Wednesday, March 18, 2009

Beverley Stone: Narcissism and the Single Novelist Part I

Meet Beverley Stone, all-around awesome person. For the next few weeks, she'll be blogging about life as an author, with the same warm and honest humanity that defines her novel No Beautiful Shore. Settle in and enjoy a peek into the mind of a very talented writer.

Narcissism and the Single Novelist
I. Doubtful


When Bryan asked me to blog for Cormorant, I cringed and said, maybe later, very busy, etc. Unlike the authors that Mr. Harper knows, I do not go to galas each night of the week and spend my days getting my hair swept into an updo and my nails painted chartreuse. I work in an office with nice people, nine to five, Monday to Friday. Not much happens in my daily life to blog about.

But as a writer, I like to think that if my days are outwardly boring; I have a “rich inner life,” as the artsy types say. The thing that most people ask me about (other than is my writing autobiographical) is how does a story take form? What is happening in your head as you write? Since not much happens on the outside, I thought I’d tell you what’s happening on the inside.

Here goes. Topic one: bone-crushing doubt.

Doubt – and I think someone else said this first – is the black lung disease of writers. The act of booting up the computer triggers it at a cellular level. I think, for me, it might be terminal.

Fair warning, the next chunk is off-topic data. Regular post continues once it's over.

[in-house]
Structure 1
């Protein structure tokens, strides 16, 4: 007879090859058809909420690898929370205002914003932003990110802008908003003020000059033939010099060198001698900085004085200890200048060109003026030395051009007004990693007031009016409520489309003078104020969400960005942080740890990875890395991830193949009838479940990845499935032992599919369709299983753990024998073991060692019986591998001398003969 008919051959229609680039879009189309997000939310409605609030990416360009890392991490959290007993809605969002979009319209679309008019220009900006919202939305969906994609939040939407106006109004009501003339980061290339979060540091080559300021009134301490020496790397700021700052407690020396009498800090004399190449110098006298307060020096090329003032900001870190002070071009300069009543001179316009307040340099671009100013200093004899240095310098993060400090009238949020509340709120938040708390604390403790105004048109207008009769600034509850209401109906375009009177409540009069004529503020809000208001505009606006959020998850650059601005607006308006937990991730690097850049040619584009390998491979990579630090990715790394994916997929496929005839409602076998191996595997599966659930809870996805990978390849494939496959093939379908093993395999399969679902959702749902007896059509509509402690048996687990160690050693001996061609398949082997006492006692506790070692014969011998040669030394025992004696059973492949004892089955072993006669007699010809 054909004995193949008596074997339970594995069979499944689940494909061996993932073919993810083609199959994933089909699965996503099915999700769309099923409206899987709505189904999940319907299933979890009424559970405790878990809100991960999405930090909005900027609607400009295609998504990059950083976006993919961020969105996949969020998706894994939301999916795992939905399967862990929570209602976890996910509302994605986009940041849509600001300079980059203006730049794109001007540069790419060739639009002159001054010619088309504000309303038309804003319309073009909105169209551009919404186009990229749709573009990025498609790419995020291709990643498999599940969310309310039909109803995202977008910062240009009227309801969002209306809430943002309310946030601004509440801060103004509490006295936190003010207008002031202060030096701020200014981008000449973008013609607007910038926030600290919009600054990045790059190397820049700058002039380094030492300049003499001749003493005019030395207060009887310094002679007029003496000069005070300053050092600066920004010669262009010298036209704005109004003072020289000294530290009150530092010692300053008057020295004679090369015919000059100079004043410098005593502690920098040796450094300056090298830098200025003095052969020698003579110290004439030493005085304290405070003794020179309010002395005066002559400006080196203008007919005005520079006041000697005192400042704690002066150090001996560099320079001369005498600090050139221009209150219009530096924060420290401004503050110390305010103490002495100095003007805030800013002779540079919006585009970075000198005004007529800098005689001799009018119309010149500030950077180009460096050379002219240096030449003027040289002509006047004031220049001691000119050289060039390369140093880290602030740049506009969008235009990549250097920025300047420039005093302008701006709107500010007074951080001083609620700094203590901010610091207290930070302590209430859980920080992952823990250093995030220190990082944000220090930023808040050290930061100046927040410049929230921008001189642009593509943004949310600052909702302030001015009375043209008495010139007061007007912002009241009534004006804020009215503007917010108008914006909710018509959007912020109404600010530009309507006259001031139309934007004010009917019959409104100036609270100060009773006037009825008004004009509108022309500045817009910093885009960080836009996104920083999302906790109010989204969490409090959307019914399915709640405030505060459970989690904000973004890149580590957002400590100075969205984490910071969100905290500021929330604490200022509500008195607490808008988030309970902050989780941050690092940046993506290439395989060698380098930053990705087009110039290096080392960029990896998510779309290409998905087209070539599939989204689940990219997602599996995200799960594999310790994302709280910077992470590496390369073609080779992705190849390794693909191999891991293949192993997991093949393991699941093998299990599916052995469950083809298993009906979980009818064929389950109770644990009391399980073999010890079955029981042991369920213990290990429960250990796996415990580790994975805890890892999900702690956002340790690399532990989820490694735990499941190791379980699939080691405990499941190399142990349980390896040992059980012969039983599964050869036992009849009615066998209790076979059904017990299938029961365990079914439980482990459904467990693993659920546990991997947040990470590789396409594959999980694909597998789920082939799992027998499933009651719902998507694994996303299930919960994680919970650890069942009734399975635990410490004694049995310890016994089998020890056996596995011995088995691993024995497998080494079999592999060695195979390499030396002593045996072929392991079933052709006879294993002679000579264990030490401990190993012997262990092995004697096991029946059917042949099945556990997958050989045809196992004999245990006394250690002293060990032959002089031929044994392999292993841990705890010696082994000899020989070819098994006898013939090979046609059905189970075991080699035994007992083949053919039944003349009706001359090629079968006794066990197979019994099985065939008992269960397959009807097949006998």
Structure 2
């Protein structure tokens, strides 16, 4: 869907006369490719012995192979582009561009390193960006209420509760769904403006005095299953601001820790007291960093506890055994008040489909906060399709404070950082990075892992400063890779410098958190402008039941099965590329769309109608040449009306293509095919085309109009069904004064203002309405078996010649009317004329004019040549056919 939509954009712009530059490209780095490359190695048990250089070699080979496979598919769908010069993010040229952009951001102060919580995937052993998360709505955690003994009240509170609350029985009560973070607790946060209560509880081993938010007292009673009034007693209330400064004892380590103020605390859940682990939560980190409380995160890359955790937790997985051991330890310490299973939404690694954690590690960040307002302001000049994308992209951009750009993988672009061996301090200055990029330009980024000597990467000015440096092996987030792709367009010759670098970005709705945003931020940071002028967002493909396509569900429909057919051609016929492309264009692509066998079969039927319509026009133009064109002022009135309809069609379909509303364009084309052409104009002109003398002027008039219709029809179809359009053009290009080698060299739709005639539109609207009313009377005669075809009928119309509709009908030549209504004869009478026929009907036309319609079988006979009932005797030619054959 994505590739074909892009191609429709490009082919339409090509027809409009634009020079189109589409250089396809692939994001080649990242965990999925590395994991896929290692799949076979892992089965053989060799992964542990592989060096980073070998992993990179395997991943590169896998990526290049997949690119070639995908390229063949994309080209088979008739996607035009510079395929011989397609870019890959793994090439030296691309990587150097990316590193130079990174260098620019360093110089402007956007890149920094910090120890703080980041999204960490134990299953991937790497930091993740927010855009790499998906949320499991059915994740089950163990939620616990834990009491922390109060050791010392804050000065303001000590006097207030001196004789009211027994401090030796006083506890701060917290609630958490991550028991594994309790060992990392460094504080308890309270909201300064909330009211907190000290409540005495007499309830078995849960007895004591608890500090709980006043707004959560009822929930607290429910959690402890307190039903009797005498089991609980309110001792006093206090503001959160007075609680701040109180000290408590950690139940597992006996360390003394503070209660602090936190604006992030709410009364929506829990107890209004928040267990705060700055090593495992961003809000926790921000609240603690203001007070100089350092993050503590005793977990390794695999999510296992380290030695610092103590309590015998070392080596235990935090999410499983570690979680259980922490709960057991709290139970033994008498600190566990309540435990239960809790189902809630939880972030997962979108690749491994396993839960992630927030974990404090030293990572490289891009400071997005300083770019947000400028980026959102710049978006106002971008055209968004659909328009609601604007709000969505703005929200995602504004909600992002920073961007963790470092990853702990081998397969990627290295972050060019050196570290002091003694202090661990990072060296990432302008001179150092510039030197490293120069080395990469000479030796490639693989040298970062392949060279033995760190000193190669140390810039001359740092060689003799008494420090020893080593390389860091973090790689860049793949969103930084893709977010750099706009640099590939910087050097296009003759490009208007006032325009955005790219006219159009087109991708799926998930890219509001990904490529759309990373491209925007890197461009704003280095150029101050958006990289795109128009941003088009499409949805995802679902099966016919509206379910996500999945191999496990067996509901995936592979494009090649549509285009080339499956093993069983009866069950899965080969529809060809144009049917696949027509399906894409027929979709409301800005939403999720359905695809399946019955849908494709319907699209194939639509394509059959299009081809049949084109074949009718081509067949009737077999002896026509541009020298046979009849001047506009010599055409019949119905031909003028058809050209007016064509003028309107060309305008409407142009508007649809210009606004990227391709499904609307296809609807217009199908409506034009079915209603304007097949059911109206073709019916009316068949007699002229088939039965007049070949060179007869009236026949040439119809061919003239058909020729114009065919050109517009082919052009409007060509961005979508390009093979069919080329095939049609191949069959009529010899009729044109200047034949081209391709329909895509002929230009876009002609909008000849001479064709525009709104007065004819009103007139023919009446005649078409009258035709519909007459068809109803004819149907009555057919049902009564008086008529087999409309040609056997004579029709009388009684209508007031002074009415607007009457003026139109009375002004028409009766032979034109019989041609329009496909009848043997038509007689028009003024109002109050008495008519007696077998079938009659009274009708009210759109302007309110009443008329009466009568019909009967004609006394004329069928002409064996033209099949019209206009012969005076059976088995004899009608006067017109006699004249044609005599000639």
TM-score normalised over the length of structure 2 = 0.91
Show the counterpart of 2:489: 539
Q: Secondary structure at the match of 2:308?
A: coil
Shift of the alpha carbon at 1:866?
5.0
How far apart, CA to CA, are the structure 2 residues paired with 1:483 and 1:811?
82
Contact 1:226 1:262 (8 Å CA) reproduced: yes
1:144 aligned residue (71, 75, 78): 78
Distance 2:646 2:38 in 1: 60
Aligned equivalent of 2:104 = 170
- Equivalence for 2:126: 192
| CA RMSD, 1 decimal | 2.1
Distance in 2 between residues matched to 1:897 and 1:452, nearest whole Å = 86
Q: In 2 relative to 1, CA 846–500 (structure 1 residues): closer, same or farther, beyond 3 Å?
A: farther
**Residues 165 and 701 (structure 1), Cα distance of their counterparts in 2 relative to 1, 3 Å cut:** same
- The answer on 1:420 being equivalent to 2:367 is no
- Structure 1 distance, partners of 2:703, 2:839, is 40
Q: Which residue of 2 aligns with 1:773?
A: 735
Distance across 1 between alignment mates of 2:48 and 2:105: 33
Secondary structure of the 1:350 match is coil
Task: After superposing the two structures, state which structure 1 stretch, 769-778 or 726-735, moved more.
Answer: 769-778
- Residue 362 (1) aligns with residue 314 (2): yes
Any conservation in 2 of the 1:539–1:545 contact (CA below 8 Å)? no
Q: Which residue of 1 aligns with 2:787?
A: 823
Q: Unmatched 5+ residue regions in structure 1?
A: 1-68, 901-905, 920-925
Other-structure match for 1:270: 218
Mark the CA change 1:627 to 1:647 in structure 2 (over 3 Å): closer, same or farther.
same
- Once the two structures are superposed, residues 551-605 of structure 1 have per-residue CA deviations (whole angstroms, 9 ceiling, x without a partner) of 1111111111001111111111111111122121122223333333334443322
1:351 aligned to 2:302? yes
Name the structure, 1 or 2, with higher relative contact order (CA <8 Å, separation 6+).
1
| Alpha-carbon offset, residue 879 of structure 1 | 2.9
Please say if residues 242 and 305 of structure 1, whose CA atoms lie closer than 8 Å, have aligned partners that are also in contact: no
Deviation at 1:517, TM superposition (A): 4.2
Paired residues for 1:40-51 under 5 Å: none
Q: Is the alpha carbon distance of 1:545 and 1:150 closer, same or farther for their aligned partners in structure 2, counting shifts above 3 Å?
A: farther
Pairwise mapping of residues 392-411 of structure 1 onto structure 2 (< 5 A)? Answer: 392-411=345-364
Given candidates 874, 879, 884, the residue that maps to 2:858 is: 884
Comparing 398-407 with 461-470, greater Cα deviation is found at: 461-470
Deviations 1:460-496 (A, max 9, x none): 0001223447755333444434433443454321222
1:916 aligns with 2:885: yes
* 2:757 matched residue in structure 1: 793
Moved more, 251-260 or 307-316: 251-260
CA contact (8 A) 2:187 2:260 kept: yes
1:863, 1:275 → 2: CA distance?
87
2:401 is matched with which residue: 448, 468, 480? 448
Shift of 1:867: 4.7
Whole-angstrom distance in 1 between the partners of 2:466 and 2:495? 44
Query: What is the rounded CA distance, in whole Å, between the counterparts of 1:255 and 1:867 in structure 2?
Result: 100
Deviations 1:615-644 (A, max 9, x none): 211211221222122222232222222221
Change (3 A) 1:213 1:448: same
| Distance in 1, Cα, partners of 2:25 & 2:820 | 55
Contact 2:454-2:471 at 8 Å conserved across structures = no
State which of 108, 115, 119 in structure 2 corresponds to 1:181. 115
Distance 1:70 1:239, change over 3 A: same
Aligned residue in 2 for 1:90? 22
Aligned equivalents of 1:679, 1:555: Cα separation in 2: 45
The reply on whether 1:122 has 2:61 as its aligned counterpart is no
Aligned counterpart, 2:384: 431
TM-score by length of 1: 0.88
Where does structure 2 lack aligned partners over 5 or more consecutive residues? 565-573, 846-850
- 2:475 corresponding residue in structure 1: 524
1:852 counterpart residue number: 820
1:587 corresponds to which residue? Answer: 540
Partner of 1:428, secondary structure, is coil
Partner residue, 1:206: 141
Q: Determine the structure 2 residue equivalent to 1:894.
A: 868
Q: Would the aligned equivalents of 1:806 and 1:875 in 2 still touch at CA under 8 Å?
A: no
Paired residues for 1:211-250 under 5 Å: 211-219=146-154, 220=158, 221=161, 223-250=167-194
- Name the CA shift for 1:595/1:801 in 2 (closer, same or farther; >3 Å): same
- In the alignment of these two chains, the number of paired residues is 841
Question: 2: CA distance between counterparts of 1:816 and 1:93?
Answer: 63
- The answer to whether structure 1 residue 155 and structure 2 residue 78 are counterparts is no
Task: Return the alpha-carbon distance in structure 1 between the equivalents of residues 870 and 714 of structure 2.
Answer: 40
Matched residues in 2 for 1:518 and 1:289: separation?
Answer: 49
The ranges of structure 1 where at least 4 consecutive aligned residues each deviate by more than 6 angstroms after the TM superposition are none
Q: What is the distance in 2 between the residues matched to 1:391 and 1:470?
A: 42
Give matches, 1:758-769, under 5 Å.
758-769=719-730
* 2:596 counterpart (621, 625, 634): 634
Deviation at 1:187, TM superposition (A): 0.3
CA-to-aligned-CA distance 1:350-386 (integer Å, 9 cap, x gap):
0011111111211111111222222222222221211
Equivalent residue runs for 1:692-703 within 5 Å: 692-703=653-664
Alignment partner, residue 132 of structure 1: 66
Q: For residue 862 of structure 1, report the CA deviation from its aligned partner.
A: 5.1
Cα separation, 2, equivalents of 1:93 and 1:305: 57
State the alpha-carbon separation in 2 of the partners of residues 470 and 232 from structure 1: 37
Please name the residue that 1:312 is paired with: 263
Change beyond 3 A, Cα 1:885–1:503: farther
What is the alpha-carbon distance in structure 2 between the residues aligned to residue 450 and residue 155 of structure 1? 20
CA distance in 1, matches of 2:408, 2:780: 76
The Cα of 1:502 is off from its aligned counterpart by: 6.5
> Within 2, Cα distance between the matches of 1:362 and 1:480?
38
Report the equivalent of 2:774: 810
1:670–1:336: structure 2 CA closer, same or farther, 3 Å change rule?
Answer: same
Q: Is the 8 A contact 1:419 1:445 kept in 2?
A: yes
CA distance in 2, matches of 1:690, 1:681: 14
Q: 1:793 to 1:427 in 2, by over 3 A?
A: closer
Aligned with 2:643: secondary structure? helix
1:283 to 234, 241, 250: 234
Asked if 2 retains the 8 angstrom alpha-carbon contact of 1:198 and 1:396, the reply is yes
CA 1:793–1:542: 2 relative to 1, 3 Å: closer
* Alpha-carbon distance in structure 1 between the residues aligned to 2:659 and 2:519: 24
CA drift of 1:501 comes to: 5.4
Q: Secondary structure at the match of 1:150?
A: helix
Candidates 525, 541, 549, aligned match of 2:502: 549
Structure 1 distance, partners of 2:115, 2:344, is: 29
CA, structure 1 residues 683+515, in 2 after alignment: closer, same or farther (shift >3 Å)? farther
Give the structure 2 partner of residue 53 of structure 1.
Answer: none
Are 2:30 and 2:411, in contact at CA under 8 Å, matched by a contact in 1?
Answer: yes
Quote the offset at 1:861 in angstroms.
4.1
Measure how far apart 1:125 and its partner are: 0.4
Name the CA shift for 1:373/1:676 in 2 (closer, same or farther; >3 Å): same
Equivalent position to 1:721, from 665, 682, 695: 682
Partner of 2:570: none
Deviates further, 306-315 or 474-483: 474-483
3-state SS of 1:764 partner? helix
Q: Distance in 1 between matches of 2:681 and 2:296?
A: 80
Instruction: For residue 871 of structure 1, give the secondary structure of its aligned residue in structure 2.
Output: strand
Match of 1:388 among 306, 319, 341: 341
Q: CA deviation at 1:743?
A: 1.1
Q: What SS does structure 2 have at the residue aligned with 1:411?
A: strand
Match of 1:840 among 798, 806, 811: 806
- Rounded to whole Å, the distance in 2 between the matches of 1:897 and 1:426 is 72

I am working on something new and I am fighting with my doubts every step of the way. How will I find a publisher now that capitalism is on its knees, begging for handouts? Do I have anything even vaguely interesting to say? Mostly, I think that I am wasting my time and that of others – people like yourself, who might otherwise be boiling pasta or cleaning out under the bathroom sink instead of trolling online for narcissistic blogs by unknown, Canadian writers.

It takes a lot of effort to move that doubt aside some days, as it stands like a needy cat in front of your computer screen. The truth is though, it’s just not relevant to the story, so you have to make yourself chase it away. You can’t think about who will publish or who will read the story. That’s the outside world pressing in, which I think can’t be much help in an honest day’s writing.

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